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Posted on November 18, 2022
Almost exactly one year ago in this column, we bemoaned the mediocre play of the 2021 crop of Pac-12 starting quarterbacks.
While our evaluation wasn’t all negative, we believed the overall group of Pac-12 starters at the QB position left a lot to be desired.
The transfer portal corrected that problem nearly overnight.
Bo Nix to Oregon. Caleb Williams to USC. Michael Penix, Jr. to Washington. Cam Ward to Washington State. Jayden Daniels to LSU (oops wrong direction, sorry ASU. But he’s had a great season).
The holdovers—Dorian Thompson-Robinson and Cam Rising—are quarterbacks we praised in 2021 and they have continued their strong play this season.
Jayden de Laura left WSU after two seasons for Tucson, and he has significantly improved as a Wildcat.
UCLA’s Thompson-Robinson and Utah’s Rising were the two best QBs in the conference last season, both statistically and through the eyeball test.
But neither had a strong presence nationally last year and were not considered for the major QB honors.
This season, Nix and Williams have been widely mentioned as Heisman candidates, and Penix has led the nation in passing yards with 3,640 yards after 10 games.
DTR has also received substantial acclaim for his play, leading UCLA to what has been to date their best season in many years.
Rising has been consistently solid, and de Laura just led the Wildcats to a shocking upset of UCLA.
Here’s what the stats say with just two games left for the QBs of most teams.
Bo Nix, Oregon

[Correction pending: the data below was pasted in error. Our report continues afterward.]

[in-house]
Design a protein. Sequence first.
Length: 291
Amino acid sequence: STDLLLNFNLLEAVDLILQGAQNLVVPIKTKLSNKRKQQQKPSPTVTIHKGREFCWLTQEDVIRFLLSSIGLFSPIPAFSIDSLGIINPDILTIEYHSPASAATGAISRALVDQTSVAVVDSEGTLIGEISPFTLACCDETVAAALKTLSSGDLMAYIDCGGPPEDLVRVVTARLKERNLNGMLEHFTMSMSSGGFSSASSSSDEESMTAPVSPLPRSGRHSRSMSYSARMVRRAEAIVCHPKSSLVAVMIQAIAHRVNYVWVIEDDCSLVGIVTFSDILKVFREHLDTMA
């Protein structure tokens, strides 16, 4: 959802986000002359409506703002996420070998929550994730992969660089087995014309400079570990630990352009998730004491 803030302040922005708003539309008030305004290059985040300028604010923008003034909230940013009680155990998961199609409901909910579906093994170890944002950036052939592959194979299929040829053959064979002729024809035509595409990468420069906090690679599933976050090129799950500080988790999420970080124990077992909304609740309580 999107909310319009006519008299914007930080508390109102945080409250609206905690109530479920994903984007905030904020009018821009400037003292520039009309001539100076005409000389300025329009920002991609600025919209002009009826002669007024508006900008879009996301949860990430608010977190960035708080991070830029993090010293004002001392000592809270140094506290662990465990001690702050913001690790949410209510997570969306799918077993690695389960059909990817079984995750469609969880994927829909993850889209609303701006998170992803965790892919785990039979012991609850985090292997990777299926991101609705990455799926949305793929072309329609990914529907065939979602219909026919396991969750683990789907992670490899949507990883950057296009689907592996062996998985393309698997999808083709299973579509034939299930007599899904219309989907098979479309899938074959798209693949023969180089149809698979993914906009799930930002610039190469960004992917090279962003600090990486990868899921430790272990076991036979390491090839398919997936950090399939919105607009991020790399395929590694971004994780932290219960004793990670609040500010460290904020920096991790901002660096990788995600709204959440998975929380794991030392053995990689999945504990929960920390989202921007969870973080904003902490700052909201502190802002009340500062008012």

The Auburn transfer leads the Pac-12 in three key categories: completion percentage, 72.8%; yards per pass attempt, 9.2; and QB rating, 173.2.
Nix has been the engine propelling the Ducks’ offense to an average of more than 40 points per game and an 8-2 record.
He is also the leading rusher among Pac-12 QBs with 512 yards. He also has 24 touchdowns and just five interceptions.
The Oklahoma transfer has been superb for the Trojans all season.
Williams has 31 TDs and just two interceptions, for a Trojan team that has been rather extraordinary in avoiding turnovers.
His rating 166.4 QB rating is the second-highest in the Conference, and he has added 283 rushing yards.
His completion percentage of 63.7 is lower than Nix, but, to be fair, Williams throws downfield more often than Nix.
Michael Penix, Jr., Washington
The Indiana transfer leads the nation in passing yardage with 3,640 yards.
In the UW-Oregon game, Penix was sensational, throwing for over 400 yards in the Husky upset.
His impressive 155.5 QB rating would be higher if not for his six interceptions, and his yards per pass attempt (8.5) ranks just behind Williams and istied with de Laura.
Penix is starting to get more recognition nationally, as he should.
Jayden de Laura, Arizona
The WSU transfer has the Pac-12’s second-highest passing yards total at 3128, ranking him seventh nationally.
In Arizona’s upset of UCLA, de Laura repeatedly danced out of the grasp of would-be Bruin tacklers and threw successfully into tight windows.
His 24 touchdowns are slightly diminished by his eight interceptions, but his ball security has generally been better than last season.
Dorian Thompson-Robinson, UCLA
The UCLA senior is the only one of these seven signal callers to stay with the same school for his career, and it has been great to watch his progress.
His completion percentage of 71.0 is just behind that of Nix, and his QB rating this season is 160.1, with 20 TDs and four interceptions.
DTR’s passing yards are the second-lowest here but he makes up for that with 462 rushing yards.
Cam Rising, Utah